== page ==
Overview

Comprehensive Description

Biology

Spawning occurs from September to December (Ref. 33843).
  • McDowall, R.M. 1990 Freshwater fishes and fisheries of New Zealand -The angler's el dorado. Aquat. Sci. 2(2):281-341. (Ref. 11115)
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Distribution

Oceania: endemic to New Zealand.
  • McDowall, R.M. 1990 Freshwater fishes and fisheries of New Zealand -The angler's el dorado. Aquat. Sci. 2(2):281-341. (Ref. 11115)
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New Zealand.
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Physical Description

Morphology

Dorsal soft rays (total): 7 - 8; Analsoft rays: 8 - 10; Vertebrae: 47 - 55
  • McDowall, R.M. and J.M. Waters 2003 A new species of Galaxias (Teleostei: Galaxiidae) from the Mackenzie Basin, New Zealand. J. Royal Soc. N. Z. 33(3):675-691. (Ref. 75601)
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Size

Max. size

6.8 cm FL (male/unsexed; (Ref. 13730))
  • McDowall, R.M. 1990 New Zealand freshwater fishes: a natural history and guide. Hinemann Reed Auckland. 553 p. (Ref. 13730)
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Ecology

Habitat

Environment

benthopelagic; non-migratory; freshwater
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Conservation

Threats

Not Evaluated
  • IUCN 2006 2006 IUCN red list of threatened species. www.iucnredlist.org. Downloaded July 2006.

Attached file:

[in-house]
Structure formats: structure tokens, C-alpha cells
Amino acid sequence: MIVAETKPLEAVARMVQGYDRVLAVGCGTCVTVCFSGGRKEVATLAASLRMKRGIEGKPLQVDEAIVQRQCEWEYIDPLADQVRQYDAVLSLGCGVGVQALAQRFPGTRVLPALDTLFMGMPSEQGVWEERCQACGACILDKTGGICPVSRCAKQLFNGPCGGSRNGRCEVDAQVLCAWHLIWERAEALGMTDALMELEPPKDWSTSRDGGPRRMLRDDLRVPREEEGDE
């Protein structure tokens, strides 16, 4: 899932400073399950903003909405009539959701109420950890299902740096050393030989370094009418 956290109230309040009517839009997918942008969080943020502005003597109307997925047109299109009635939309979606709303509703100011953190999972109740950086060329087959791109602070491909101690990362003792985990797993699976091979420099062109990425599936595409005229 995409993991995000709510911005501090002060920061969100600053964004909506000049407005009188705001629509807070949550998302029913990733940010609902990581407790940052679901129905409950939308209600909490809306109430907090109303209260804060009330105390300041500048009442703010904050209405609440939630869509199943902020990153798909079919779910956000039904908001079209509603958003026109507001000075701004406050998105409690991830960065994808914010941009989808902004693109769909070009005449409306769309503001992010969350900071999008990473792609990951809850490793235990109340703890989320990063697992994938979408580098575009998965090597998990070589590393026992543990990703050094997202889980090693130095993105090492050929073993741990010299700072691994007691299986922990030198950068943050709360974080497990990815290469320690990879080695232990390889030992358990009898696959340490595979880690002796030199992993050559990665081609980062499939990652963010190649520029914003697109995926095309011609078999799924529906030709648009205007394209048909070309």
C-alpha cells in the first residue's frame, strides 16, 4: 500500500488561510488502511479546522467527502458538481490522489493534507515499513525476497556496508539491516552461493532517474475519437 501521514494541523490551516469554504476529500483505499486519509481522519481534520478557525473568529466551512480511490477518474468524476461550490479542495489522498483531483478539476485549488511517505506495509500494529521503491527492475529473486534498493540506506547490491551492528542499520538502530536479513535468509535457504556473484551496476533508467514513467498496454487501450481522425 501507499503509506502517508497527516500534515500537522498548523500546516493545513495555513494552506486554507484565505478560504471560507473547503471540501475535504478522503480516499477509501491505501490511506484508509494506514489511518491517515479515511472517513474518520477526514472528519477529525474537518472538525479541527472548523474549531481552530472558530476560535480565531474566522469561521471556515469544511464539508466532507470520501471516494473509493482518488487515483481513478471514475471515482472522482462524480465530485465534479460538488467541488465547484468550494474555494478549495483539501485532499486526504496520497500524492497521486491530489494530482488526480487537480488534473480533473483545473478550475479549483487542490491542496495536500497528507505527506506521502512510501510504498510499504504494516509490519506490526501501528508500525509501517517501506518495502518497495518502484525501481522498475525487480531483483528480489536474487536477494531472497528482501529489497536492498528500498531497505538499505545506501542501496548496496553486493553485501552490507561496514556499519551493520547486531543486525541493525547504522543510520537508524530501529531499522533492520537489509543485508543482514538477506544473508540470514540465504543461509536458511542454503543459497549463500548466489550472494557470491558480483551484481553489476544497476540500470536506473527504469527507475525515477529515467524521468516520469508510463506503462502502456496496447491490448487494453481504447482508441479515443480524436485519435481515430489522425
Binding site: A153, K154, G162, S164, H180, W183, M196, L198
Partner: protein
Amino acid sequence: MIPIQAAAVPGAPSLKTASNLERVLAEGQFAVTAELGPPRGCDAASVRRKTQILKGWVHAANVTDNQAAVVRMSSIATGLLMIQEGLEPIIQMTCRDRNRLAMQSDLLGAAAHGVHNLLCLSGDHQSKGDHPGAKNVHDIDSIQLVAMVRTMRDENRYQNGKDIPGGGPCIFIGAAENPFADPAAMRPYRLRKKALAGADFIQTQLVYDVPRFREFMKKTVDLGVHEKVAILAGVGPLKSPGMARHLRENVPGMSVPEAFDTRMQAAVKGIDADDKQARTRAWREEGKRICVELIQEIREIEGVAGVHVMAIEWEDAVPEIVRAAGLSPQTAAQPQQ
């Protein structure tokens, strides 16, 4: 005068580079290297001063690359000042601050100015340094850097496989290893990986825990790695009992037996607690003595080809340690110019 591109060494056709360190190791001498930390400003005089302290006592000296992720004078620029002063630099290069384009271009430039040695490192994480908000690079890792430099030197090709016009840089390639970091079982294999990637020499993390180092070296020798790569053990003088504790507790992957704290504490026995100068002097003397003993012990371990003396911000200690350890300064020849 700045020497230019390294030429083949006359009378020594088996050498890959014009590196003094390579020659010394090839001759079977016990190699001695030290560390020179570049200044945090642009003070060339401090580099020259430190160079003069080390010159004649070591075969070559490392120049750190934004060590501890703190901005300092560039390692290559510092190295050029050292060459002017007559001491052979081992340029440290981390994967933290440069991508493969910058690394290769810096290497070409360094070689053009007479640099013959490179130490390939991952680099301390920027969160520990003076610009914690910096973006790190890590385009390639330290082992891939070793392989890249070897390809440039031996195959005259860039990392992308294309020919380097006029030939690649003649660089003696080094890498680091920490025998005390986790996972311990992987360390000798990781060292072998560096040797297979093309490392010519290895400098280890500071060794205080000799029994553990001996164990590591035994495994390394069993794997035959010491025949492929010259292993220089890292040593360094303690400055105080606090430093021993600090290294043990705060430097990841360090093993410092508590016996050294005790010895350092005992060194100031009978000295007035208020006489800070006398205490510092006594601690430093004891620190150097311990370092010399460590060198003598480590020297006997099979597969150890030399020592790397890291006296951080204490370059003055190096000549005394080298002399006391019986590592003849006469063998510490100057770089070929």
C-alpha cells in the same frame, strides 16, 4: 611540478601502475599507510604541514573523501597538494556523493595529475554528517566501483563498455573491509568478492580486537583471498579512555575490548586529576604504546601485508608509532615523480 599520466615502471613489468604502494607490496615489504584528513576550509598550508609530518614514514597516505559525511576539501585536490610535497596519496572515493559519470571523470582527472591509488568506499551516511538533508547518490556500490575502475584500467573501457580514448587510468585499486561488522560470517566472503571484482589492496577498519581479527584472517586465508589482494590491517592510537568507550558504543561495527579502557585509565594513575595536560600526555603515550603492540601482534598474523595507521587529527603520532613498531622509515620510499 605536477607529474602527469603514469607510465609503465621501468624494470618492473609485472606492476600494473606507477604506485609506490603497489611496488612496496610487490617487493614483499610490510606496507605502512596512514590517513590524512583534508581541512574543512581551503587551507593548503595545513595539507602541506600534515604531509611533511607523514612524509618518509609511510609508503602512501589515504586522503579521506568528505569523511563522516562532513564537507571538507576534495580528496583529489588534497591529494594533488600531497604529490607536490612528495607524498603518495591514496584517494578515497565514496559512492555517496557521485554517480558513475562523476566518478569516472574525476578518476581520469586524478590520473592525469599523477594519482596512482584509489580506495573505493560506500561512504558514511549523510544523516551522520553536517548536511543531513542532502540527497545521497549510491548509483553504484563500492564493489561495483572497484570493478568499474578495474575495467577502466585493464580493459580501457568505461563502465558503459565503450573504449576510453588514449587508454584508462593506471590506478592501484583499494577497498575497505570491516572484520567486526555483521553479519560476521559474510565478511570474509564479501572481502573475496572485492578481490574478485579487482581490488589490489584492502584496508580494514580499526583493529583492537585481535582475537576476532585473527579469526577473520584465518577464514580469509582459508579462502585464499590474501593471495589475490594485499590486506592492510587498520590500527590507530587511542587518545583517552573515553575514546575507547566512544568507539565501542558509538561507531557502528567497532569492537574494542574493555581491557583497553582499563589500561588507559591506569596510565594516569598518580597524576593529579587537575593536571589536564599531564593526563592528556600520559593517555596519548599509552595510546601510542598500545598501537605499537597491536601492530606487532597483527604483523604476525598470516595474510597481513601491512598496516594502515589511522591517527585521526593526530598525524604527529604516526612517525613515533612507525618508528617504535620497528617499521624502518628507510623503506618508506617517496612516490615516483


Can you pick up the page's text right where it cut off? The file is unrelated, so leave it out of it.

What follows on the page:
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Relevance to Humans and Ecosystems

Benefits

Importance

fisheries: of no interest
  • Robins, C.R., R.M. Bailey, C.E. Bond, J.R. Brooker, E.A. Lachner, R.N. Lea and W.B. Scott 1991 World fishes important to North Americans. Exclusive of species from the continental waters of the United States and Canada. Am. Fish. Soc. Spec. Publ. (21):243 p. (Ref. 4537)
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Wikipedia

Galaxias divergens

The dwarf galaxias, Galaxias divergens, is a galaxiid of the genus Galaxias, found only in the lower North Island and upper South Island of New Zealand. It grows to a length of up to 9 cm.

The single dorsal and anal fins are about two thirds of the way along the body. Like all galaxiids it lacks scales and has a thick, leathery skin covered with mucus.

The dwarf galaxias has six pelvic fin rays, which distinguishes it from most other galaxiids which have only five.

Spawning occurs from March to May and also from October to November. They live on a variety of aquatic insects, especially mayflies and midges. They are non-diadromous and therefore do not have a marine phase and are not part of the whitebait catch.

References

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